Working in Switzerland

The pandemic is affecting the whole world, but some countries are less affected economically. One of these countries is Switzerland, which continues to demand workers with a certain profile, such as doctors, engineers, accountants, financial analysts, electricians, drivers, nurses, geriatric nurses, scientists and computer scientists.

Two of our students during the corna pandemic got jobs in Switzerland, as medical assistant and computer engineer.

Working in Switzerland has become a great desire for millions of people around the world, but not all of them succeed. Swiss companies and authorities are becoming more and more demanding, and in many companies English alone is no longer enough.

Knowledge of an official language for residence and nationality

For the C-Bewilligung (foreign nationals living in Switzerland can obtain a permanent residence permit after a continuous stay of five or ten years) an A2 level of German, French or Italian is required.

“Proof of oral language skills in the language spoken at the place of residence at least at reference level A2. The proof must be the authoritative language passport or a language certificate according to the list of the State Secretariat for Migration (SEM).”


In order to be able to work in Switzerland, the Swiss authorities change the immigration laws and residency requirements from time to time.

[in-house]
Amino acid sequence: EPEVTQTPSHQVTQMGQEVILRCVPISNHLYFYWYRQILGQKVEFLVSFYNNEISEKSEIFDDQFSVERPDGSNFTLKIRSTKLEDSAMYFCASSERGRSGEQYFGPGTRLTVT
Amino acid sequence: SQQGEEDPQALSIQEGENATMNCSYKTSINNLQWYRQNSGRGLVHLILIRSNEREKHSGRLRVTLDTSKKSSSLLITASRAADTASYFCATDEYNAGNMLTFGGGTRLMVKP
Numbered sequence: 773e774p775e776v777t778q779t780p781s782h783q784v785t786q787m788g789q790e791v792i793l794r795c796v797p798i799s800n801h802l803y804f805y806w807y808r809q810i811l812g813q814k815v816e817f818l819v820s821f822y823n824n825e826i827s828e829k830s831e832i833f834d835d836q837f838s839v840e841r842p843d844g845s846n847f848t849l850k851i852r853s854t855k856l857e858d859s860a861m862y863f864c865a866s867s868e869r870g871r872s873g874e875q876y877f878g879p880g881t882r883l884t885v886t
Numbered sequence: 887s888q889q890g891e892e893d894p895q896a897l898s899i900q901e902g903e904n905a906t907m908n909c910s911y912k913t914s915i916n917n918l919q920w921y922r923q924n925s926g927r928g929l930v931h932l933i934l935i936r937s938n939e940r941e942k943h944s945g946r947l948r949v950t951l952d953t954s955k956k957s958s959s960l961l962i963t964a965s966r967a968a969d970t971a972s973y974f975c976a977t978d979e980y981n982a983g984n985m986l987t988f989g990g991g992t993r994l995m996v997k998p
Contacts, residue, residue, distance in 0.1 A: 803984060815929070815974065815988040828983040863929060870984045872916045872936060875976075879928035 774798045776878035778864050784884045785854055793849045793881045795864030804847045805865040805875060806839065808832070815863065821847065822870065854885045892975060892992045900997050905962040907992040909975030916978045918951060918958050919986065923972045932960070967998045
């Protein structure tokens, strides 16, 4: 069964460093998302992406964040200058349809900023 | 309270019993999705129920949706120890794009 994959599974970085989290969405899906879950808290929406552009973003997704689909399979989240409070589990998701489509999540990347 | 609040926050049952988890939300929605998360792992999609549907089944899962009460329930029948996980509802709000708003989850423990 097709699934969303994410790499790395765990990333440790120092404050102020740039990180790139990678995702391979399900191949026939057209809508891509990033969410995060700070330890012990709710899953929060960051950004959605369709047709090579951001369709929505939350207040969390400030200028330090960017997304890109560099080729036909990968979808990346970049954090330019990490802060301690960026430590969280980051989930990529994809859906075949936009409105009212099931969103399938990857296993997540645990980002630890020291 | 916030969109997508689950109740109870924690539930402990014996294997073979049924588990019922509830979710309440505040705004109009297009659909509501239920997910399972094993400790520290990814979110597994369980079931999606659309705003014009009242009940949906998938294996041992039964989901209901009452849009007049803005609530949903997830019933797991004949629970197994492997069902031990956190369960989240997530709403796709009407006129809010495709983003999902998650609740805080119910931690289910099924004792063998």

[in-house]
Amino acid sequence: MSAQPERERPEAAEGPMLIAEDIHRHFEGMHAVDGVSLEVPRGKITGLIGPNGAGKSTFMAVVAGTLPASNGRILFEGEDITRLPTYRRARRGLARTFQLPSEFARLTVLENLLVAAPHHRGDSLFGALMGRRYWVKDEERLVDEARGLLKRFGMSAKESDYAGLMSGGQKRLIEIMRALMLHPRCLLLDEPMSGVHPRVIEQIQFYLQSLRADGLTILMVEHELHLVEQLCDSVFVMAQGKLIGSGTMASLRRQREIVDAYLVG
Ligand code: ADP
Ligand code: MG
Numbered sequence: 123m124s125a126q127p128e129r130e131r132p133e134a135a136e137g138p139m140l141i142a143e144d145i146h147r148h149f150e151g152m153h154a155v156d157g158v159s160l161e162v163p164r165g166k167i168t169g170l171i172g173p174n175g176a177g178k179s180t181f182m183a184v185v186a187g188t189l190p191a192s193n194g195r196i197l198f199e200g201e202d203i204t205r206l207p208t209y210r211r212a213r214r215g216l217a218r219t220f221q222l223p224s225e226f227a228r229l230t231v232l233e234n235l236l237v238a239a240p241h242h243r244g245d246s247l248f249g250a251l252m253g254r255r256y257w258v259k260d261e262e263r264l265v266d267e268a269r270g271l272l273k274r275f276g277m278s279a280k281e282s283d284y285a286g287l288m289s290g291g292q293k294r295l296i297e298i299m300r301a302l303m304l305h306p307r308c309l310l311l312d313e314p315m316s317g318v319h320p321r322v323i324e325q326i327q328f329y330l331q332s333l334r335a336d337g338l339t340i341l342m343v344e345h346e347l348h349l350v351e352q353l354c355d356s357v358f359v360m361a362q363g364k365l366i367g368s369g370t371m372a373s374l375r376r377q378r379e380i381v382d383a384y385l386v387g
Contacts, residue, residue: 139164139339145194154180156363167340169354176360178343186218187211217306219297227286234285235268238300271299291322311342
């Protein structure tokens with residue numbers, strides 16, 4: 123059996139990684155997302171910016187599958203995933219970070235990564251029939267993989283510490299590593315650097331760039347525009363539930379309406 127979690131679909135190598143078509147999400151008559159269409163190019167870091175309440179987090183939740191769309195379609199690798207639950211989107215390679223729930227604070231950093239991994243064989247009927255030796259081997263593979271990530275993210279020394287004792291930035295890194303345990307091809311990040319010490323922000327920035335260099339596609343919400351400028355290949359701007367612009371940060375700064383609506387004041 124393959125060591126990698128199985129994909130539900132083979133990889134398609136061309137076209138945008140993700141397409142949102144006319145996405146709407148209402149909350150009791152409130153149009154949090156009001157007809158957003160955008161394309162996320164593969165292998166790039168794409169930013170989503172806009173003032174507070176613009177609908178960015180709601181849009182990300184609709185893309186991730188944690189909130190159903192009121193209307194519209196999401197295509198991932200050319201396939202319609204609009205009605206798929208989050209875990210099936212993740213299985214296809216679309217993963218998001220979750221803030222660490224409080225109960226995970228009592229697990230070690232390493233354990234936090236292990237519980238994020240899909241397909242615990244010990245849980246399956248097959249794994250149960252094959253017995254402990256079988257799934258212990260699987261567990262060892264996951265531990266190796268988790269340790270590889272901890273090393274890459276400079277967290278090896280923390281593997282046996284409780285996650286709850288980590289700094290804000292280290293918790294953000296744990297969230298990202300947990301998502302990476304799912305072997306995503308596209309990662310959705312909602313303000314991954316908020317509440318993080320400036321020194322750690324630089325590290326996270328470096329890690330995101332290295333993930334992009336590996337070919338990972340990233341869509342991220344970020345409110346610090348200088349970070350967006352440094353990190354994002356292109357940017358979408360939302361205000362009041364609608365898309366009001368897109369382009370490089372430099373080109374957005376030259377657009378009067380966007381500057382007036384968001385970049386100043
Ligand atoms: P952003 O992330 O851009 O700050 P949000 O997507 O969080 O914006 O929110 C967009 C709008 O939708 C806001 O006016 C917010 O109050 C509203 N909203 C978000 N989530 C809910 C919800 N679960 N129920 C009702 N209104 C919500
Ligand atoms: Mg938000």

At the Kanton Zürich, to apply for Swiss nationality one of the requirements is a B1 level of German.



Official languages in Switzerland

Depending on whether it is the German, French or Italian area, Swiss companies require a good command of one of the official languages in Switzerland. Another of the 4 official languages in Switzerland is Romansh.

For many years most foreign workers in Switzerland have lived in a bubble with English, in their jobs they only spoke English, but this trend is changing and working in Switzerland is a bit more difficult than before.

I remember an email an American sent me a long time ago:

“Thats the first time in my life that English is not enough”.

This man is now over 50 years old and lives in Zurich. During his 15 years in Switzerland he has only worked with English and now the company requires him to learn German.

This is a good example of how the situation is changing.

In addition, when a foreign worker loses his job, in the RAV (regional employment centre), which is like the employment office, the RAV employees often do not want to speak English.

More than one person has had to go to the RAV with an accompanying person or even a translator.


In which areas of Switzerland is there more work?

In the French part of Switzerland, many important international organisations such as WHO, UNO, WTO, etc. are located there.

In the German part of Switzerland, Basel is home to major pharmaceutical companies such as Roche, Novartis and Syngenta.

Zurich is home to major financial and insurance companies.

Canton Zug (near Zurich) in Switzerland is a small tax haven. In this small canton many important companies employ thousands of people. Siemens, Roche, Johnson and Johnson, Migros to name a few.


Natural paradise

Switzerland is a paradise for nature lovers. The list of beautiful places worth visiting is endless. Here I will only mention a few: Lauterbrunnen, Blausee, Matterhorn, Eiger. As a child I saw the famous north face of the Eiger mountain, it is impressive to see it up close.